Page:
“I did this piece in February of this year,” Dunn says. Inspired by the endless winter that wrapped around New England, she had to find spring underneath the cold blanket of snow. Ever the optimist, she focused on the “tiny seed buried deep in the cold, dark ground”. She had more hope than most to be able to see this scene in her mind while being buried in a winter landscape. “It was a burst of color as the sprout rose up and reached above the ground,” Dunn claims, describing the crisp and clean colors that cover this canvas.
This piece is the second in a pair. The first, Hope of Spring, can be found at Maine Art Paintings and Sculpture on 14 Western Ave, Kennebunk. Sandra also has two others in the Choice Art Show. Magenta Glads & White Rose and Monhegan Delphinium. The show will run until June 25th. We welcome you to stop by either gallery to see her work in person, or you can visit at www.maine-art.com.
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Set at the top of the island, the Monhegan Lifesaving Station overlooks Monhegan Bay and the Atlantic Ocean. Now dormant, Janis found inspiration not only by what is, but by what was. “Turning and looking toward the Lifesaving Station, one cannot help but be moved by its intrepid stance against the elements, white and pure and resolute. History and future meet here on top of this hill, full and rich with contrasting emotions and physicalities, joy and sorrow, storms and respite, dark and light, as we walk by in a moment on a given warm summer evening, smell the salt air and continue our journey.”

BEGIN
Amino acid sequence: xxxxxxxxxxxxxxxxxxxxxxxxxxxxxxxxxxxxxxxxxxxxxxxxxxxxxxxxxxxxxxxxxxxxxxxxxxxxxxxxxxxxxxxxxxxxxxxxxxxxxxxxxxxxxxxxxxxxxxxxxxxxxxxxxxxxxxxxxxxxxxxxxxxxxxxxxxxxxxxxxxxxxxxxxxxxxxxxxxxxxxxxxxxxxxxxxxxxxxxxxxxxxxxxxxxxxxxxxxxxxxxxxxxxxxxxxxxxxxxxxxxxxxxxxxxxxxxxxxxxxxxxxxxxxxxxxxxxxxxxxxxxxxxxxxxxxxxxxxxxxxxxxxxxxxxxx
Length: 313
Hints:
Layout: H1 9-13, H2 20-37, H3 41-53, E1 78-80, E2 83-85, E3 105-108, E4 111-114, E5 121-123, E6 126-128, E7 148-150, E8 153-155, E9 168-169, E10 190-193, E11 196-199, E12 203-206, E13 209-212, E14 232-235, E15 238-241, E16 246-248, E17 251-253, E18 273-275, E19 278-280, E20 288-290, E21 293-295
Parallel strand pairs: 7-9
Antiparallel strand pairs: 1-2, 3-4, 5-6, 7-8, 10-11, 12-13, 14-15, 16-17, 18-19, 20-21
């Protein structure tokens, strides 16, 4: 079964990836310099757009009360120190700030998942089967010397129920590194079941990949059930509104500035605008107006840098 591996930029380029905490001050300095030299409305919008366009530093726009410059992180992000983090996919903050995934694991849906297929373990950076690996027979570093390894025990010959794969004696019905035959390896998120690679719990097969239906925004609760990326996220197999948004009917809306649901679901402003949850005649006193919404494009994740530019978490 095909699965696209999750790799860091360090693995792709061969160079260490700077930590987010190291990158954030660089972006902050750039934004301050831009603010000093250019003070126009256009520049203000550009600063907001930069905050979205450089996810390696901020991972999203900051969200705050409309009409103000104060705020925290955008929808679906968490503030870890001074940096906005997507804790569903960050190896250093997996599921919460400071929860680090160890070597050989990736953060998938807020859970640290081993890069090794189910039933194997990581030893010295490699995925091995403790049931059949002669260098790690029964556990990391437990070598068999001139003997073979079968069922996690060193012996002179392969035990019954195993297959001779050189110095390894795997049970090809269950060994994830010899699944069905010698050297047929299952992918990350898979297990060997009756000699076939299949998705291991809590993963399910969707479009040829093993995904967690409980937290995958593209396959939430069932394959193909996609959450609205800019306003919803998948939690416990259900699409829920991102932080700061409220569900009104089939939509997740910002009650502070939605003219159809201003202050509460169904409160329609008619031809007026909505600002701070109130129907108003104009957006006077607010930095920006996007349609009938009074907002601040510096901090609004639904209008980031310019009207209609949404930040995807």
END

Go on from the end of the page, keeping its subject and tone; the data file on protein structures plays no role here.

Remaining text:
What seems at first sight to be an uncomplicated display of boat and land, iconic of the coastal life, becomes more with time spent. “The strong linear shapes of the buildings and rooflines stand solid in contrast to the curves of the lifeboat itself, all illuminated by sunlight casting gently across the varied surfaces of manmade objects and rugged landscape,” says Sanders. “The shadows emphasize the simple contrast of light and dark as a physical entity itself, and as a symbol of our being in a deeper sense, of those lost at sea and of those who have survived.” Capable and experienced, but now empty, only stories still live in the Monhegan Lifesaving Station. The tales of the keeper himself, of those rescued or in need, and of course painters like Janis H. Sanders, fill the spaces time left behind. We are lucky to be able to experience one of those stories first hand here at the Choice Art Show in Kennebunk.
Monhegan is an inspiration in many of Janis’s pieces. We welcome you to come visit both Maine Art Paintings and Sculpture and Maine Art Shows to experience more of his work. You can also view his full collection on his Artist Page on our website.